Data loss prevention (DLP) is one of the most important tools that enterprises have to protect themselves from modern security threats like data exfiltration, data leakage, and other types of sensitive data and secrets exposure. Many organizations seem to understand this, with the DLP market expected to grow worldwide in the coming years. However, not all approaches to DLP are created equal. DLP solutions can vary in the scope of remediation options they provide as well as the security layers that they apply to. Traditionally, data loss prevention has been an on-premise or endpoint solution meant to enforce policies on devices connected over specific networks. As cloud adoption accelerates, though, the utility of these traditional approaches to DLP will substantially decrease.
Established data loss prevention solution providers have attempted to address these gaps with developments like endpoint DLP and cloud access security brokers (CASBs) which provide security teams with visibility of devices and programs running outside of their walls or sanctioned environments. While both solutions minimize security blind spots, at least relative to network layer and on-prem solutions, they can result in inconsistent enforcement. Endpoint DLPs, for example, do not provide visibility at the application layer, meaning that policy enforcement is limited to managing what programs and data are installed on a device. CASBs can be somewhat more sophisticated in determining what cloud applications are permissible on a device or network, but may still face similar shortfalls surrounding behavior and data within cloud applications.
Cloud adoption was expected to grow nearly 17% between 2019 and 2020; however, as more enterprises embrace cloud-first strategies for workforce management and business continuity during the COVID-19 pandemic, we’re likely to see even more aggressive cloud adoption. With more data in the cloud, the need for policy remediation and data visibility at the application layer will only increase and organizations will begin to seek cloud-native approaches to cloud security.
What is cloud-native data loss prevention?
The explosion of cloud technologies in the past decade has brought new architectural models for applications and computing systems. The concept of a cloud-native architecture, while not new, is a development that’s taken off in the last five years. But what exactly does cloud-native mean, and how can it apply to security products like data loss prevention (DLP)?
Cloud-native describes a growing class of platforms that are built in the cloud, for the cloud. True cloud-native data loss prevention is defined by the following features:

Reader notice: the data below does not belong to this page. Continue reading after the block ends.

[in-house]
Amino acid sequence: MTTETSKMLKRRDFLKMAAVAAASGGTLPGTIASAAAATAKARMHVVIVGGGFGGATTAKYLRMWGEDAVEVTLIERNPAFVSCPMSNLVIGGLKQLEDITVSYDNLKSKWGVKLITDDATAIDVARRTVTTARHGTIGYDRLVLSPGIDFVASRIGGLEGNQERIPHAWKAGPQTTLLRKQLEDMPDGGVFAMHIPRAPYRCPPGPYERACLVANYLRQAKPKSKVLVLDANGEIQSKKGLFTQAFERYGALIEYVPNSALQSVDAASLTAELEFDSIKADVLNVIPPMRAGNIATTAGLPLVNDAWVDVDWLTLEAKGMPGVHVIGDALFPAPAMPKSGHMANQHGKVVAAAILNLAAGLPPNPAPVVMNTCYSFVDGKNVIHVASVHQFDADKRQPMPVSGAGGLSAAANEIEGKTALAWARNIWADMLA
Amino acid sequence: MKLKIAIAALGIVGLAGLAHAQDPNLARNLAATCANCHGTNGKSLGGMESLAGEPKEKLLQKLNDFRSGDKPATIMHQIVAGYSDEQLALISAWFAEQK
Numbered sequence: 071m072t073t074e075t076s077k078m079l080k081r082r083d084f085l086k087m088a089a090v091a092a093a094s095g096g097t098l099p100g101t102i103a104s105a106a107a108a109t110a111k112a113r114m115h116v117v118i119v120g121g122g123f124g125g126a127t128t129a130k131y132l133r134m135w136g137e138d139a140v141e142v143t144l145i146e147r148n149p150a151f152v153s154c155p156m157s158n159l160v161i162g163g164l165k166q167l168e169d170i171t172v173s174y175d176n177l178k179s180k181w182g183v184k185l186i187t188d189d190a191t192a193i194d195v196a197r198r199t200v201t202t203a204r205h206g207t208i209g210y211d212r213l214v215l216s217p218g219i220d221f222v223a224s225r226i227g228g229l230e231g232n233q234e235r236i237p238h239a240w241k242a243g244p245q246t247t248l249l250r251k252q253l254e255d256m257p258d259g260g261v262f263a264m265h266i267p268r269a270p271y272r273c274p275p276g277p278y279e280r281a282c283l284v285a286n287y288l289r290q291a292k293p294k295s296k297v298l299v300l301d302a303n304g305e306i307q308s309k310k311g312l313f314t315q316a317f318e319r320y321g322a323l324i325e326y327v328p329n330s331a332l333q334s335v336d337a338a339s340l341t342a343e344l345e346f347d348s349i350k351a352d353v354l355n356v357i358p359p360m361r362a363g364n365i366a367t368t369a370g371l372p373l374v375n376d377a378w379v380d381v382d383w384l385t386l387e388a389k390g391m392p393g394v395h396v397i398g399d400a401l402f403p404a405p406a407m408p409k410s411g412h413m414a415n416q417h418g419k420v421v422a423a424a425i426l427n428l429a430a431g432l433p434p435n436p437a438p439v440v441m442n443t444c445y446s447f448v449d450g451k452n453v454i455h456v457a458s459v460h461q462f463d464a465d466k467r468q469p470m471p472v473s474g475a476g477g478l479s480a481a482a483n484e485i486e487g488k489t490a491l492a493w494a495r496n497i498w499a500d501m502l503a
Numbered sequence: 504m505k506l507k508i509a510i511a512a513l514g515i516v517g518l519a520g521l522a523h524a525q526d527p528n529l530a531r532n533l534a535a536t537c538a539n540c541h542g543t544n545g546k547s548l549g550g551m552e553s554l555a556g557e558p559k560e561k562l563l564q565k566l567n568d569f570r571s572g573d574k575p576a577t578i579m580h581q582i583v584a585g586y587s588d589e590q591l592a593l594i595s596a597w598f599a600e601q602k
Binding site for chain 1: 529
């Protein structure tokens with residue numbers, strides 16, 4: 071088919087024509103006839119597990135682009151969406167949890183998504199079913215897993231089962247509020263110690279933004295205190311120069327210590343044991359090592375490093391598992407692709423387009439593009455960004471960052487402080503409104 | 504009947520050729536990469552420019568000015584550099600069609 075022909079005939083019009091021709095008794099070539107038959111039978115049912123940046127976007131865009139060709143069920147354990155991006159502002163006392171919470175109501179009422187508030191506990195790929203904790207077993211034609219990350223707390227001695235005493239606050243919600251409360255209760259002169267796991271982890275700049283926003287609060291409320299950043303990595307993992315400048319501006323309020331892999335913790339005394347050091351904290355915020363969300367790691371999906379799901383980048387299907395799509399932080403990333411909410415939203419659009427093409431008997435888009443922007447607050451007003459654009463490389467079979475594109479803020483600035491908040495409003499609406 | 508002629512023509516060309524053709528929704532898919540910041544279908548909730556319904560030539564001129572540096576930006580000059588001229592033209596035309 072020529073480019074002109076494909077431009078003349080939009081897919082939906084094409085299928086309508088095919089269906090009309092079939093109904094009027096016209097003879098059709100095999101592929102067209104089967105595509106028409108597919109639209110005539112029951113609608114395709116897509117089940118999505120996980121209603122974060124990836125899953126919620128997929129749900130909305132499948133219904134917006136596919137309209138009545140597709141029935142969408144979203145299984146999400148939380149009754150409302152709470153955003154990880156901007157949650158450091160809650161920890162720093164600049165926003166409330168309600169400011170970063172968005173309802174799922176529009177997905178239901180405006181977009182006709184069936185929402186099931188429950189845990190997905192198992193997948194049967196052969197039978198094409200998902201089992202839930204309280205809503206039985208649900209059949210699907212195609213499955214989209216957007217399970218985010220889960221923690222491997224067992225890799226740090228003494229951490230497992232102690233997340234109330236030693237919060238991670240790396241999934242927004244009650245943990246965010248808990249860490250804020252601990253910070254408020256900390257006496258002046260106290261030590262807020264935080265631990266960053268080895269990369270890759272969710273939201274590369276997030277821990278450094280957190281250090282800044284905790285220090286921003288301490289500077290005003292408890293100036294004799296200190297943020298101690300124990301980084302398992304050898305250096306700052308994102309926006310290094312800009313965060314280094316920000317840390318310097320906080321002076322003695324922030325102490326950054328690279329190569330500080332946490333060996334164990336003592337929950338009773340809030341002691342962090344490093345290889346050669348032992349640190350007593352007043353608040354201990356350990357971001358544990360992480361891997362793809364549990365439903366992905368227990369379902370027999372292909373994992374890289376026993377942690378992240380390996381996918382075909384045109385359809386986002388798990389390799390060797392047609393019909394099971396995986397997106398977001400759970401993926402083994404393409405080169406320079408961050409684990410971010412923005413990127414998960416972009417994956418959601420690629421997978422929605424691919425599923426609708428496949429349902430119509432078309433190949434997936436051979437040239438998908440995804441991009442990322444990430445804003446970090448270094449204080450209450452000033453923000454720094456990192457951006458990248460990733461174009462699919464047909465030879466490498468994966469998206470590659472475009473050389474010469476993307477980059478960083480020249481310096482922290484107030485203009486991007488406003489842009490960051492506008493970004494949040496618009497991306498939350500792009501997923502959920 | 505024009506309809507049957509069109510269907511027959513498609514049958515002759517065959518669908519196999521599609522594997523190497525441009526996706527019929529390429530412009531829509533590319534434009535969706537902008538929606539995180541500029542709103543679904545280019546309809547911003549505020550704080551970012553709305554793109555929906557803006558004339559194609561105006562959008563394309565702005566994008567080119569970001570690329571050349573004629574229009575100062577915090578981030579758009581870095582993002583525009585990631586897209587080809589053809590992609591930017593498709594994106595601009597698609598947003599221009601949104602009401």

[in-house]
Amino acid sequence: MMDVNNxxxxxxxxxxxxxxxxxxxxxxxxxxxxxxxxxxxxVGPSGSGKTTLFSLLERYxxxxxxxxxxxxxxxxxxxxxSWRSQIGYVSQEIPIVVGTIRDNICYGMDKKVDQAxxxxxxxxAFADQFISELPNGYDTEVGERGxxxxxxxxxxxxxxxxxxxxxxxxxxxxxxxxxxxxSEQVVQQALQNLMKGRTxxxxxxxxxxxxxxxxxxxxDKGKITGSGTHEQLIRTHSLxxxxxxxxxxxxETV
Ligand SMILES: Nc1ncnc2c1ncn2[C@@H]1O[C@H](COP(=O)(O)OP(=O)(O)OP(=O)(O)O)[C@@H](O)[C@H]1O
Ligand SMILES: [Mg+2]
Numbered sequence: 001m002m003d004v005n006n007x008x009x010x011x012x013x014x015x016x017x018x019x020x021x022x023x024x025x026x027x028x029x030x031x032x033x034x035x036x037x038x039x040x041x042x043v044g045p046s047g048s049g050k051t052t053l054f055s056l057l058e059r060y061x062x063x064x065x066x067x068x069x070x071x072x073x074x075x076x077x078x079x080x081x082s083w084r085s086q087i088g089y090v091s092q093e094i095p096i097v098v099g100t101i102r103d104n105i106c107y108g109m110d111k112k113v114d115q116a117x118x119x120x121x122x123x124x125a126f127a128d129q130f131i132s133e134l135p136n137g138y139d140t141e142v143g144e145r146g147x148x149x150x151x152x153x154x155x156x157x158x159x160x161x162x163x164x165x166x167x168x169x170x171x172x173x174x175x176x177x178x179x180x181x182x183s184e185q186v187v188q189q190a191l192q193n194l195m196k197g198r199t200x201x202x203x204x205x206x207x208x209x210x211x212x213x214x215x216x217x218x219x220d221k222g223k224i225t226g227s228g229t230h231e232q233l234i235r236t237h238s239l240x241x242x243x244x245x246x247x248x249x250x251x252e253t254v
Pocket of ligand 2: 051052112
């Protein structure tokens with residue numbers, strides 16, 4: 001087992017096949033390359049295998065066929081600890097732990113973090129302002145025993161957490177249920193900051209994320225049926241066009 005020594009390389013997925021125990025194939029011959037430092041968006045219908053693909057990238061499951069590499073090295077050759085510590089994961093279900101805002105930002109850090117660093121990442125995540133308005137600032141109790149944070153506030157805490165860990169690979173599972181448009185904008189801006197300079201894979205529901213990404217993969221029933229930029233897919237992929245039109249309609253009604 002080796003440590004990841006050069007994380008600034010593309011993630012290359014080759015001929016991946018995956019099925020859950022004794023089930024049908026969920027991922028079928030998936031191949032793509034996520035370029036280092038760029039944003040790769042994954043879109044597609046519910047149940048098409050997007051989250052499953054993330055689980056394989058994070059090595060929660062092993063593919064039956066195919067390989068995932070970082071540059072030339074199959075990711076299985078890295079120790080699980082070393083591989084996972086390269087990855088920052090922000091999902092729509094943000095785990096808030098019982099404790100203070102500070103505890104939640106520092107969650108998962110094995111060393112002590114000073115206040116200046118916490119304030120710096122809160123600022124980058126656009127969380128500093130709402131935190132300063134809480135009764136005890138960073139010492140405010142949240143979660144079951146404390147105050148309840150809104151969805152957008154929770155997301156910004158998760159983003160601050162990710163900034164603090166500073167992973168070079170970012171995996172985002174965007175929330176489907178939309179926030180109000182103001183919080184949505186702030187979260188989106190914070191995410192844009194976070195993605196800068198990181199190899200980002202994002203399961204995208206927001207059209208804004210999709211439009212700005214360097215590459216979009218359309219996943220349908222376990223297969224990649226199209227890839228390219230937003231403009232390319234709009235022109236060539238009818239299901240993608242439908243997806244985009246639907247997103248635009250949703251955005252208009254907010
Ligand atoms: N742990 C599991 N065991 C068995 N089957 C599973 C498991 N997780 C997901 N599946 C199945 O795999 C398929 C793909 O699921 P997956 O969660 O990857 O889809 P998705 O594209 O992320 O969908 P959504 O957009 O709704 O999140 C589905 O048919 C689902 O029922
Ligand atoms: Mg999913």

- Agentless. Cloud-native DLP solutions aren’t deployed as software programs that require installation, rather they integrate with the applications they secure through APIs. This makes deployment easy and updates to such platforms effortless, without getting end-users or IT involved.
- API driven. Central to cloud-native data loss prevention is the API driven nature of such solutions. Connecting with cloud platforms via API means that visibility and security policies immediately apply at the application layer. API-driven solutions can derive platform-specific context & metadata, as well as provide granular, platform-specific actions, versus broad-brush blocking on the network.
- Agnostic. True cloud-native solutions are platform, endpoint, and network agnostic in that they’re capable of integrating with cloud platforms quickly and can provide single pane of glass visibility across the cloud.
- Automated. True cloud-native solutions don’t just provide visibility into the cloud, but help automate policies whenever possible. The sheer volume of data that moves through cloud systems combined with the always-on nature of cloud applications means that incidents can happen at any time and will require immediate remediation. Automation ensures that security teams can respond to these as quickly as possible.
- Accurate. Finally, in order to help security teams process the massive amounts of data in the cloud, cloud-native DLP must be accurate. The accuracy of such platforms is often enabled by the same systems that make them automated — an effective use of machine learning that can quickly and accurately identify when business-critical data has been exposed.
What are the advantages of cloud-native DLP?
When you consider the capabilities listed above, cloud-native DLP is designed to help organizations get a handle on protecting the massive volumes of data moving in and out of data silos daily. With organizations understanding that the security of their data in the cloud is their responsibility, security teams are increasingly investing in tools designed to help them address visibility and policy blindspots. While it might be the case that cloud-native data loss prevention platforms aren’t the only security tools companies choose to invest in, it’s clear that they’ll be one of the most essential parts of their security toolkit.
Nightfall is the industry’s first cloud-native DLP platform that discovers, classifies, and protects data via machine learning. Nightfall is designed to work with popular SaaS applications like Slack & GitHub as well as IaaS platforms like AWS. You can schedule a demo with us below to see the Nightfall platform in action.
“This article is originally posted on Nightfall.io”